A parliamentary committee has recommended that government agencies should be able force internet service providers (ISPs) to block websites, but has warned that they must know what they are doing first.

The Government’s ability to make ISPs block websites (contained in Section 313 of the Telecommunications Act) gained public attention after ASIC accidentally blocked 250,000 websites in April 2013, while trying to block certain pages associated with investment fraud.

Essentially, ASIC did not know how IP-addresses work, and was unaware that each one did not relate to a specific website.

The sites being blocked by ASIC did not inform visitors as to why they were blocked, leading many legitimate and innocent web service providers appeared to be forcibly taken down with no explanation.

Some reports say that since April 2013, the AFP is the only organisation that has continued using the power.

But this did not stop waves of criticism leading Communications Minister Malcolm Turnbull to establish a parliamentary inquiry into the use of Section 313.

The committee tabled its ominously-titled "Balancing Freedom and Protection" report in the House of Representatives this week, with committee chair Jane Prentice stating there is an “indisputable need” for agencies to continue trying to block sites, despite ASIC’s big bungle.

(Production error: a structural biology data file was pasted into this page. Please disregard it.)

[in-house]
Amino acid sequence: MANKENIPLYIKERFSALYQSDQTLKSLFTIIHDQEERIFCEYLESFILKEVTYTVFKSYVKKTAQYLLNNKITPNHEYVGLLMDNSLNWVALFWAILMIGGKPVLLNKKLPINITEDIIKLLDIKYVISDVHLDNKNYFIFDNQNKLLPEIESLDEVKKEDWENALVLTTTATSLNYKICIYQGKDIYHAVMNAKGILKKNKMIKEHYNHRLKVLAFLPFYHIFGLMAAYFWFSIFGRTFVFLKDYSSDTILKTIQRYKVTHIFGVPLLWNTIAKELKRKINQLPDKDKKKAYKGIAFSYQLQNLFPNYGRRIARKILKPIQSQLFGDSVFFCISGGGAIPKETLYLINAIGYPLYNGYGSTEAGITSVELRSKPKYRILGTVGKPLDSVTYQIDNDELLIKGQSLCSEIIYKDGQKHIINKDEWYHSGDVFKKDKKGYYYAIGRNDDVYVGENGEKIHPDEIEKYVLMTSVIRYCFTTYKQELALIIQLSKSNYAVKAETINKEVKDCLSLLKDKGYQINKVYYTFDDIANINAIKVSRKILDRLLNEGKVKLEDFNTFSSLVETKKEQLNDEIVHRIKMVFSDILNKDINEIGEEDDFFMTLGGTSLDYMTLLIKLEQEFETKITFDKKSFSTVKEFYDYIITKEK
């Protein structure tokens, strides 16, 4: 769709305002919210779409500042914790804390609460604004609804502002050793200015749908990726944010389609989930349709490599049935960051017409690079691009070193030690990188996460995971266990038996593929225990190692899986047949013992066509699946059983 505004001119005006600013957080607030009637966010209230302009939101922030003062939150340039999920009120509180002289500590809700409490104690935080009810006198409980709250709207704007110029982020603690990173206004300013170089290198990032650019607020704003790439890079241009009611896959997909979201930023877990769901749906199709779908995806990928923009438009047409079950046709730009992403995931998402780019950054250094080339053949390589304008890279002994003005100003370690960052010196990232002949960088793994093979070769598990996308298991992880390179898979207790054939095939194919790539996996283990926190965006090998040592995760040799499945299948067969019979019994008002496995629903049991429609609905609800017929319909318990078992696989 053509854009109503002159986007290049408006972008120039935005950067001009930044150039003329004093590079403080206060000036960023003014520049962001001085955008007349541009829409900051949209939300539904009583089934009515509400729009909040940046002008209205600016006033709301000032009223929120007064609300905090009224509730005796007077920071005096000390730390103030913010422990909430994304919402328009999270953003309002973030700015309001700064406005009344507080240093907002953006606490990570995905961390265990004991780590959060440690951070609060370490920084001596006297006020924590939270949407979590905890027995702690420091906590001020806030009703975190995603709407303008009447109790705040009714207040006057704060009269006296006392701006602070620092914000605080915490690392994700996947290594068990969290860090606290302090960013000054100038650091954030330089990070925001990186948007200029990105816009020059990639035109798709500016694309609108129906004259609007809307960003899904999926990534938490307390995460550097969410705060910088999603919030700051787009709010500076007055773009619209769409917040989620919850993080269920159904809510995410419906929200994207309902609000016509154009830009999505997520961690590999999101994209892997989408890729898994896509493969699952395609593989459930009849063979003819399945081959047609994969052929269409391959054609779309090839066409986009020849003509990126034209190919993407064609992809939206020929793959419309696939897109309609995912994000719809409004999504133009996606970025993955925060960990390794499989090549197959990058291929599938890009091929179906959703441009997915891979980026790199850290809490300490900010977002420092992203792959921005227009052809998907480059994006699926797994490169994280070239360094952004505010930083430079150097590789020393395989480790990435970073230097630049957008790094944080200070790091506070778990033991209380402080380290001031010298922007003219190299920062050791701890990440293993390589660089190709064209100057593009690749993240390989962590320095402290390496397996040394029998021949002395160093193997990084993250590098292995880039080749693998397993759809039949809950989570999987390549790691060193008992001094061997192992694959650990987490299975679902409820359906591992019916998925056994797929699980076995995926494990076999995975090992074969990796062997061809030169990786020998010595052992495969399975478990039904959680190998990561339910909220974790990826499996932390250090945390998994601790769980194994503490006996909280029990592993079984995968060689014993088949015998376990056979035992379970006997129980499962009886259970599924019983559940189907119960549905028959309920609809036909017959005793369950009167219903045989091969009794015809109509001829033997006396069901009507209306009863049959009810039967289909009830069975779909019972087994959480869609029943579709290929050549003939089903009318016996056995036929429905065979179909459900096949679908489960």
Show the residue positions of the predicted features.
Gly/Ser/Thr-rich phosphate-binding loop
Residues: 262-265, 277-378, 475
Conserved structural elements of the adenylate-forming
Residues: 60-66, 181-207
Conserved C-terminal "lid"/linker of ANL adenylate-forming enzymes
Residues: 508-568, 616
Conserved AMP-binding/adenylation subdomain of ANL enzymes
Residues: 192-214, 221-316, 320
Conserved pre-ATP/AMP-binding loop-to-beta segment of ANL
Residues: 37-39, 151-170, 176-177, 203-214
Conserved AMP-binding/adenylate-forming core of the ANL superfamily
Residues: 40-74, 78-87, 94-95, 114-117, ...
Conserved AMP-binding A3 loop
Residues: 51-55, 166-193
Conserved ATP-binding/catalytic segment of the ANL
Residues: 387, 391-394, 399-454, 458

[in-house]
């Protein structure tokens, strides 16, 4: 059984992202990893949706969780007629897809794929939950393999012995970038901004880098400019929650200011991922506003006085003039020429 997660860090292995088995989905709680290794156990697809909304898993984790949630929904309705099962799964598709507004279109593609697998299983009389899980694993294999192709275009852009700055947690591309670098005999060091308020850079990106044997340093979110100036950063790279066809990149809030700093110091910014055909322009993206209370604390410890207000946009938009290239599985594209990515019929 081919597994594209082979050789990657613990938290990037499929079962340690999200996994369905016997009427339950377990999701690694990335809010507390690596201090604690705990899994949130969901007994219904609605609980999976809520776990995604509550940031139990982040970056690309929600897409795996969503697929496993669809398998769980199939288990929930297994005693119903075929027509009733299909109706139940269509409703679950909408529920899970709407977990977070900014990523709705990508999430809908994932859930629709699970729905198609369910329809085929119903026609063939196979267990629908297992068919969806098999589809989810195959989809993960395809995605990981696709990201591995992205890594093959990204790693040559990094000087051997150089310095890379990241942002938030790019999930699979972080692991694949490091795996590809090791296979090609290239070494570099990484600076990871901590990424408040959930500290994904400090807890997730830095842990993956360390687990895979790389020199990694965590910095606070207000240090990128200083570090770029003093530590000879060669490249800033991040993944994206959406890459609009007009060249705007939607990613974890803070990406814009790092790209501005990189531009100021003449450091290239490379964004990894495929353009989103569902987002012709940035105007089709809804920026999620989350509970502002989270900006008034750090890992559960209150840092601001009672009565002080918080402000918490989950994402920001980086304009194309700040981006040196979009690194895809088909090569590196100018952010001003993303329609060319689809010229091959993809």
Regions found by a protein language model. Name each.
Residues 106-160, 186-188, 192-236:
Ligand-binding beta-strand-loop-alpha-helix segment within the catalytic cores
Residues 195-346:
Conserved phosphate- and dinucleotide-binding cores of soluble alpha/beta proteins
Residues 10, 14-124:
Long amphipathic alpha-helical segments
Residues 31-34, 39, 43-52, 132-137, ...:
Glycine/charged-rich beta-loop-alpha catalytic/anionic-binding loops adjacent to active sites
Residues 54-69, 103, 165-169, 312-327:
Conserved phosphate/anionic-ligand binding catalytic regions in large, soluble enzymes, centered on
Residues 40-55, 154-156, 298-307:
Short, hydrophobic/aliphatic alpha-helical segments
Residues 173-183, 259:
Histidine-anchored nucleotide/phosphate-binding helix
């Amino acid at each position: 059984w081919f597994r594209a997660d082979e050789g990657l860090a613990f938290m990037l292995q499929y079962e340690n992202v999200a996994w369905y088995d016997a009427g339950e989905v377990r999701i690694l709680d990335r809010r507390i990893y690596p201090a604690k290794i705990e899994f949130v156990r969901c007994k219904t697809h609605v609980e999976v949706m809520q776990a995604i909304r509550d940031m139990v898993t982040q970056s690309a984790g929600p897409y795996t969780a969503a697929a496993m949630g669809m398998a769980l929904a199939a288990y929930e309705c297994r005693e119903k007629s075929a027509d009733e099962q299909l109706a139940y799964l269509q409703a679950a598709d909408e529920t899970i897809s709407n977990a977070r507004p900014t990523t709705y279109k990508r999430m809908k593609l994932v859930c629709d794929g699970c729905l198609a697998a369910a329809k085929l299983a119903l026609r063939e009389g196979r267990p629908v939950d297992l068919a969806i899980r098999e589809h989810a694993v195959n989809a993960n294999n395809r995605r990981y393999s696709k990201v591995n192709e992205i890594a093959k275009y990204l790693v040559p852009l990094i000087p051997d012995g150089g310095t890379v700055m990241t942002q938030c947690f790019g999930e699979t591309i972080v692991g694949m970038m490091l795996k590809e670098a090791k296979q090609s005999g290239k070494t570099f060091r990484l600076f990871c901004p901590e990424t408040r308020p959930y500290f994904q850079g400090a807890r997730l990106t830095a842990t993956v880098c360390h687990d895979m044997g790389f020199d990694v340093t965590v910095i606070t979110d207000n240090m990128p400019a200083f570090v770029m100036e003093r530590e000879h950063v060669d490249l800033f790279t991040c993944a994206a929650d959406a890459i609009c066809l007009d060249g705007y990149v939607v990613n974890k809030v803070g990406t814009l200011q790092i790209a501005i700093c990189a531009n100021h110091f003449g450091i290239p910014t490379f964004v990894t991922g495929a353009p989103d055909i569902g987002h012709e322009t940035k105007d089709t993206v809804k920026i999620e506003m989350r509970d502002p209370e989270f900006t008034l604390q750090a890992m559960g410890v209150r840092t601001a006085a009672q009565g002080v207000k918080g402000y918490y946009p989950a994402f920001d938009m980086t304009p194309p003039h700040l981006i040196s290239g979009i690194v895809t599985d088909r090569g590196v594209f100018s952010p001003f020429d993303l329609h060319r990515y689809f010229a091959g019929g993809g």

“The committee believes there is strong evidence of the need for s313, whether constituted in its current form or in a modified form. Section 313 allows government agencies to interdict illegal activity online by disrupting websites in circumstances where no other means of intervention may be available,” the committee stated.

The committee said that even though it is fairly easy for committed users to circumvent blocks, it is still worth it.

“The fact that particular activities or content may have to be found and blocked repeatedly does not negate the necessity of trying,” the committee stated.

The committee said blocked sites should be given a new landing page to inform visitors that the site is blocked by government order.

It recommended a review and appeal process be set up, called for better technical competence within agencies using the power, and said whole-of-government guidelines should be developed by the Department of Communications for using s313.

The committee’s final report is due to be tabled by July 1, 2015.